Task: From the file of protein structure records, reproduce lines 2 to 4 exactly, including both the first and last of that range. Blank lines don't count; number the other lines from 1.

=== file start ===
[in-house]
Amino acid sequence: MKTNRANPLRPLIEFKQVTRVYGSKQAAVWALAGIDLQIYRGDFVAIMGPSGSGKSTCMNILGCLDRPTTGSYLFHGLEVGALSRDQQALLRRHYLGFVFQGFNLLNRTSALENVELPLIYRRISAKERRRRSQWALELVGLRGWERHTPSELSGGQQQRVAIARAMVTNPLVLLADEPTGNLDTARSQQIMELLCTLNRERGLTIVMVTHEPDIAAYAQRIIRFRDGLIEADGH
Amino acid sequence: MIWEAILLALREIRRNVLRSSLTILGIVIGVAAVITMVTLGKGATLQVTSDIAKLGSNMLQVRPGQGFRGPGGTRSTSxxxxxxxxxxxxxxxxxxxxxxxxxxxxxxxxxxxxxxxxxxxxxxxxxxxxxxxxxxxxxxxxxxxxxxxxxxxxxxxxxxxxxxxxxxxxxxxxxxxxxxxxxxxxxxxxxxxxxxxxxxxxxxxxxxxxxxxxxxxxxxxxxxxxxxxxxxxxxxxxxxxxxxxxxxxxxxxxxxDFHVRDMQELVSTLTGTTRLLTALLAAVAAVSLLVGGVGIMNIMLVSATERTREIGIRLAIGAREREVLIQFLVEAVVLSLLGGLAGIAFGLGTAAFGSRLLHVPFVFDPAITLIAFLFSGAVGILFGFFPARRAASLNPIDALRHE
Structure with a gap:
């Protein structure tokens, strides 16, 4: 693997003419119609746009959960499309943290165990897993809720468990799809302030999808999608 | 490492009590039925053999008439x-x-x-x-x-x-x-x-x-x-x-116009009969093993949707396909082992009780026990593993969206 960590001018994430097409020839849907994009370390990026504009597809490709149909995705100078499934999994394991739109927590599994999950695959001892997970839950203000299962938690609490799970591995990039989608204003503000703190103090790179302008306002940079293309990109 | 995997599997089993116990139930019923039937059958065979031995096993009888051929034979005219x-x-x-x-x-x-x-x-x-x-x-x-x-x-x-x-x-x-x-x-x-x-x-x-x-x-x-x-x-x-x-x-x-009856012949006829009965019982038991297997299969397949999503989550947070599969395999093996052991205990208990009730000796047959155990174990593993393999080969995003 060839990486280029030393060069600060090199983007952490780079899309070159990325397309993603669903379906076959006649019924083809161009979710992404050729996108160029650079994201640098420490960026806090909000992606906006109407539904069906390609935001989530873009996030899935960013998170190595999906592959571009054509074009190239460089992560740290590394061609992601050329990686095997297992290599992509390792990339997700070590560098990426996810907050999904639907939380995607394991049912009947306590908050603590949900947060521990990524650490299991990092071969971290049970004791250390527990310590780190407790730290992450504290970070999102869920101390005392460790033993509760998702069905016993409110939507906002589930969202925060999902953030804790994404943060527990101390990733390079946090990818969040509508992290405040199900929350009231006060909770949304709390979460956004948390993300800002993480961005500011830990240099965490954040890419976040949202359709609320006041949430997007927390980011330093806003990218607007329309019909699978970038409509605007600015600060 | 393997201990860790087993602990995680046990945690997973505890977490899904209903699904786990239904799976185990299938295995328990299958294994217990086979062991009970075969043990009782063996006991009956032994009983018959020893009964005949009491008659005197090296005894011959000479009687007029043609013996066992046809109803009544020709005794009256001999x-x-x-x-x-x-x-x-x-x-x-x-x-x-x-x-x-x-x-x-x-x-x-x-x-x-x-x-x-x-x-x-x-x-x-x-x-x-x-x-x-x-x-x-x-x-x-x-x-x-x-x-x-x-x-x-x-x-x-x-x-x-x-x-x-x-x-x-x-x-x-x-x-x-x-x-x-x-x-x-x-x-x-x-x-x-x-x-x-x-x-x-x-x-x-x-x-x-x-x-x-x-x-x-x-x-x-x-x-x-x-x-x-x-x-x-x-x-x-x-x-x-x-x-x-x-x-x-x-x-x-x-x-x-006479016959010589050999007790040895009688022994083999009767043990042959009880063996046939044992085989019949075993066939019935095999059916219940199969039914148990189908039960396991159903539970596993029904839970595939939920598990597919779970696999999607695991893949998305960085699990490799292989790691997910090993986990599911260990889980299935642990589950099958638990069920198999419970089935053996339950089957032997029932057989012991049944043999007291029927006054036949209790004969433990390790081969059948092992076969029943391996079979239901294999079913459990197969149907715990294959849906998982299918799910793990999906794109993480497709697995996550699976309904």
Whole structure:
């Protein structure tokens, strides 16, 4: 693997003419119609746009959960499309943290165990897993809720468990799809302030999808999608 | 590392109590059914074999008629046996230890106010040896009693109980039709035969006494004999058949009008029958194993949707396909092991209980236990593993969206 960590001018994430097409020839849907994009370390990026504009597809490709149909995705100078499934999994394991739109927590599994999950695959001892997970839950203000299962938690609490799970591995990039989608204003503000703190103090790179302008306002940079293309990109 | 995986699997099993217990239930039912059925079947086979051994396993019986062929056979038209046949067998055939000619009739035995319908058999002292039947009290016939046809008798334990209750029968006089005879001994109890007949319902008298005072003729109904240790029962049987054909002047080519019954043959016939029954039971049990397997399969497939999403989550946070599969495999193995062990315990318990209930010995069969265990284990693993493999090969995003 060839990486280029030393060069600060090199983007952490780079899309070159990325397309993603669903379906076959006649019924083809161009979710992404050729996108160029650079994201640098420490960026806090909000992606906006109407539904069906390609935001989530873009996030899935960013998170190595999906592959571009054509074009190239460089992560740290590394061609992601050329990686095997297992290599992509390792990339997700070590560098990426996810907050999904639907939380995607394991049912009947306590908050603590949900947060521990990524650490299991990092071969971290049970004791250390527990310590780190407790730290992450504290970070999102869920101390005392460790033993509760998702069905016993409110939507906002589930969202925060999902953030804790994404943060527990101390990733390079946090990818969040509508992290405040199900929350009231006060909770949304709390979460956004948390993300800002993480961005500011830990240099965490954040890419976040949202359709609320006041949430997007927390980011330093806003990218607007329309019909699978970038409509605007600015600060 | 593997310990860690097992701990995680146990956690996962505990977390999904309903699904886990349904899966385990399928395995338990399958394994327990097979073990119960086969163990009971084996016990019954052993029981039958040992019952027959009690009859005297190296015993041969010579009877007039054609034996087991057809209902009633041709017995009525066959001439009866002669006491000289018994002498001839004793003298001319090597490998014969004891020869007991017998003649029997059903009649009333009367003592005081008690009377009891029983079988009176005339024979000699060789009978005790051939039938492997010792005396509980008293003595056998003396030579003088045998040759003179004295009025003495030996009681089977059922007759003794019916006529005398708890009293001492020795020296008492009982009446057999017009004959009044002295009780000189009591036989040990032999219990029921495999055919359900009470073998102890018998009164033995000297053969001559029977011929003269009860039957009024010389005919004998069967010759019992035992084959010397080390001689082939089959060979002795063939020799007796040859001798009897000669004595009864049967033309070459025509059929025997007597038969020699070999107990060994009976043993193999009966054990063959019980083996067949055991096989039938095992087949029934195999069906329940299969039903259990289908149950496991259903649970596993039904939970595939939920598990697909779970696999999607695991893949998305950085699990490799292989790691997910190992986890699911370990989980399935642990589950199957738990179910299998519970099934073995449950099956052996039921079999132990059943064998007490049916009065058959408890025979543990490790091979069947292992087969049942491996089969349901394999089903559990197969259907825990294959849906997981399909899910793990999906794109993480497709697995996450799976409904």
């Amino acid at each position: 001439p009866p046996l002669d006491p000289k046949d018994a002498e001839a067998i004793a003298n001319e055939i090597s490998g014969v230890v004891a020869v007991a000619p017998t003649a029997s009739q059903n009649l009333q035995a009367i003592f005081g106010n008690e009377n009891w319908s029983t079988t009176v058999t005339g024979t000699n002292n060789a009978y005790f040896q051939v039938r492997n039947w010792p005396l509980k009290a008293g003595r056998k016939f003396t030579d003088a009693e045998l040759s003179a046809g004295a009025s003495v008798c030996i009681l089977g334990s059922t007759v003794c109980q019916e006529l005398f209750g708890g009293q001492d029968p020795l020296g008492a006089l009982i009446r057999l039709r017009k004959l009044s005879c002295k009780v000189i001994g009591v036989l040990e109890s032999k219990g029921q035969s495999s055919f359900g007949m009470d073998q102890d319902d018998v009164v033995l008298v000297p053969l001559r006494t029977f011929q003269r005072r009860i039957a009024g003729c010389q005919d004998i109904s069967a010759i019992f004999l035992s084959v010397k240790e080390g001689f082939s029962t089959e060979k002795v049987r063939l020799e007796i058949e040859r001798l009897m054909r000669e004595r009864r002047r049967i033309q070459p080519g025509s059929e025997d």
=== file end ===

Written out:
Amino acid sequence: MKTNRANPLRPLIEFKQVTRVYGSKQAAVWALAGIDLQIYRGDFVAIMGPSGSGKSTCMNILGCLDRPTTGSYLFHGLEVGALSRDQQALLRRHYLGFVFQGFNLLNRTSALENVELPLIYRRISAKERRRRSQWALELVGLRGWERHTPSELSGGQQQRVAIARAMVTNPLVLLADEPTGNLDTARSQQIMELLCTLNRERGLTIVMVTHEPDIAAYAQRIIRFRDGLIEADGH
Amino acid sequence: MIWEAILLALREIRRNVLRSSLTILGIVIGVAAVITMVTLGKGATLQVTSDIAKLGSNMLQVRPGQGFRGPGGTRSTSxxxxxxxxxxxxxxxxxxxxxxxxxxxxxxxxxxxxxxxxxxxxxxxxxxxxxxxxxxxxxxxxxxxxxxxxxxxxxxxxxxxxxxxxxxxxxxxxxxxxxxxxxxxxxxxxxxxxxxxxxxxxxxxxxxxxxxxxxxxxxxxxxxxxxxxxxxxxxxxxxxxxxxxxxxxxxxxxxxDFHVRDMQELVSTLTGTTRLLTALLAAVAAVSLLVGGVGIMNIMLVSATERTREIGIRLAIGAREREVLIQFLVEAVVLSLLGGLAGIAFGLGTAAFGSRLLHVPFVFDPAITLIAFLFSGAVGILFGFFPARRAASLNPIDALRHE
Structure with a gap: